The New Year's events are one of the most awaited events in the country. Many people will celebrate it happily with joyous festivities and precious time with family. The meaning of New Year’s Eve is that we shut all the things that we have passed on this year and prepare to face the new things in the coming year.
I think that Japanese autumn deserves special recognition, the Japanese fall leaves that color the skyline are some of the most gorgeous that I have ever seen in my whole life. The heavy rains that hit Japan during typhoon season really make for some bright yellow, red, and orange leaves in autumn.
Japan has hundreds of resorts scattered throughout the country and most international snow lovers have heard the legends of the powder snow in Hokkaido’s popular resort of Niseko. Yet powder lovers need not travel to the northern island in order to get their dream Japan ski holiday. The following are 4 great ski experiences in Honshu, Japan’s main island.
For anyone visiting Kyoto, here are some locations to excite your inner demons. Japan is recognized for its unique and refined brand of horror and suspense. So, it is no surprise to learn about the strong folktale tradition that helped form today’s spooky pop-culture.
With its signature kappa (a Japanese mythological monster) mascot, Kappunk festival hosts dozens of punk rock bands from all over the world for 3 full days of hardcore rock festivities. It sparked a thought for me, how does Japanese punk culture compare to that of the UK or America?
The Sake Festival is a two-day long event that offers sake from all over Japan. Therefore, you have the opportunity to try sake from places as far apart and diverse as Okinawa and Hokkaido. But, don't forget all that local sake too!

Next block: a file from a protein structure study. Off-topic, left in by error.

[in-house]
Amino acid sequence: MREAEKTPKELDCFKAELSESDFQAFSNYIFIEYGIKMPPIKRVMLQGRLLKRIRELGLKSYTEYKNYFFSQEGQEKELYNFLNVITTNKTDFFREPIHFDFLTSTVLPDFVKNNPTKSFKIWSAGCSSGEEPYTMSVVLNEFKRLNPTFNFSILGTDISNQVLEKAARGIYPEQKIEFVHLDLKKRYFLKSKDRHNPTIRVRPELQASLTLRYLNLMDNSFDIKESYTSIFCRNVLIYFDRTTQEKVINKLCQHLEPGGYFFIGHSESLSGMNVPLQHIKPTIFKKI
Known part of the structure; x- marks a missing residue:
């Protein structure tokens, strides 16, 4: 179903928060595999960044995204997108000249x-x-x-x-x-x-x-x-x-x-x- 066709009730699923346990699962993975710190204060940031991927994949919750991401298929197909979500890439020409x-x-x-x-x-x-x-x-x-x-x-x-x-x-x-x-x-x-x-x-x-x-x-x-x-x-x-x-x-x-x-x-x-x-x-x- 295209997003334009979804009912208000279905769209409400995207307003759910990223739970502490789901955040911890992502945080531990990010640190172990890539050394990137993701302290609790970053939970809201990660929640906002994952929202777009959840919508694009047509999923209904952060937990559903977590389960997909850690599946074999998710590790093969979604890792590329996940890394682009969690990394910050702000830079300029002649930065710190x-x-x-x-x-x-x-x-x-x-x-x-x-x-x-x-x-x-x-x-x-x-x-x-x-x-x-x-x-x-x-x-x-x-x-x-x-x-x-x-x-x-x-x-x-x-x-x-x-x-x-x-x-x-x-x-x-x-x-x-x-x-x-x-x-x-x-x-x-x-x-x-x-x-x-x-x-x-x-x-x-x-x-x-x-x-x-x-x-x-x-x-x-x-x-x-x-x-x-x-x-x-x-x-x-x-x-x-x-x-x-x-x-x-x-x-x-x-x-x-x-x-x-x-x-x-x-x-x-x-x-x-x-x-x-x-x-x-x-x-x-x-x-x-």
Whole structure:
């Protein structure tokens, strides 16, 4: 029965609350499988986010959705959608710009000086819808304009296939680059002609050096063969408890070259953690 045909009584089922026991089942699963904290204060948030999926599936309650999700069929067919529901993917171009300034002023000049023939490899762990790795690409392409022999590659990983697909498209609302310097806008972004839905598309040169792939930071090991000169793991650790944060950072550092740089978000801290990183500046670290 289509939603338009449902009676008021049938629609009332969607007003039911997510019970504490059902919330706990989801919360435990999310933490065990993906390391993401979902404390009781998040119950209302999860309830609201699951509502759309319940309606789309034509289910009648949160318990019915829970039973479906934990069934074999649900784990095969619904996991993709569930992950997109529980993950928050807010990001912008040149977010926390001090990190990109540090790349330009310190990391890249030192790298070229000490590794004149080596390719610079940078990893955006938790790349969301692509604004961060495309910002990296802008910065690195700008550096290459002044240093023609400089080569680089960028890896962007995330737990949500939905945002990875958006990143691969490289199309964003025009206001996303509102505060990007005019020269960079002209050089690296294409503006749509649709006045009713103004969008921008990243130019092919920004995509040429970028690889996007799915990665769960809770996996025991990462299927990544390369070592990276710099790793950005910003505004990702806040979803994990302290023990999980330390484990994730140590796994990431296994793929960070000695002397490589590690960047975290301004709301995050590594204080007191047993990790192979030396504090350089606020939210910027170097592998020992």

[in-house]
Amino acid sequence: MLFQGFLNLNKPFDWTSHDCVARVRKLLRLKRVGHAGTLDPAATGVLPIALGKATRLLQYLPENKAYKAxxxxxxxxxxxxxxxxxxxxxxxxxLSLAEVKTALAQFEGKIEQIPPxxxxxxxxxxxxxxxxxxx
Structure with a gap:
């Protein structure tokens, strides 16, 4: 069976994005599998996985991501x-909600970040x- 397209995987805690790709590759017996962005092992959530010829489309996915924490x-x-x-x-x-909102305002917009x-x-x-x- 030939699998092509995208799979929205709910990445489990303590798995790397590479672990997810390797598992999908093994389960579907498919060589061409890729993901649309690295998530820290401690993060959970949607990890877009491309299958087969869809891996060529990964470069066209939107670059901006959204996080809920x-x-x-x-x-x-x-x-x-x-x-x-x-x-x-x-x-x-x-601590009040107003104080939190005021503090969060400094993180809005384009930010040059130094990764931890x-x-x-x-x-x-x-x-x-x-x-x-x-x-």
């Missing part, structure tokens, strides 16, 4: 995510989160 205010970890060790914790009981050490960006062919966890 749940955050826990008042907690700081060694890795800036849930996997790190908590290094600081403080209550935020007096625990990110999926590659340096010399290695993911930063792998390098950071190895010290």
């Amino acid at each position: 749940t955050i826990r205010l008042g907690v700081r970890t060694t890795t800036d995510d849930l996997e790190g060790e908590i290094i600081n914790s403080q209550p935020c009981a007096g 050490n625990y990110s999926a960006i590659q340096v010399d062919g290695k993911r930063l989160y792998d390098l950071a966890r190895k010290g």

Asuka, the origin of the rising sun and arguably the first capital of Japan during the Asuka period, is an ancient village filled with precious treasures and natural wonders that are extremely significant to Japanese history.
Koenji becomes a huge attraction in the summer when it hosts one of Tokyo’s most popular festivals. The Koenji Awa Odori is a summer dance festival and is held annually during the last weekend in August.
Sado, the largest island in Japan, is usually a quiet, peaceful island. But every year for the three-day Earth Celebration (EC) in August, the island transforms into a lively, international hub. Presented by world-renowned taiko drumming ensemble Kodo, EC is a music festival that brings performing art talents together from within and outside of Japan.
The city of Yokosuka Japan is most known for its Japanese and American Navy bases. The culture has been crossed and mixed and reflects in its food, atmosphere, and shopping. The US navy base opens to the public every year for Yokosuka Friendship Day in order to demonstrate the strong relationship between Japan and the US. If you plan on coming to Yokosuka for this event, consider staying for the weekend and visit the surrounding areas as well.
Every August 15th Nagatoro holds it’s dual Shinto/Buddhist festival on the banks of the Arakawa River. The popular festival merges two important local customs.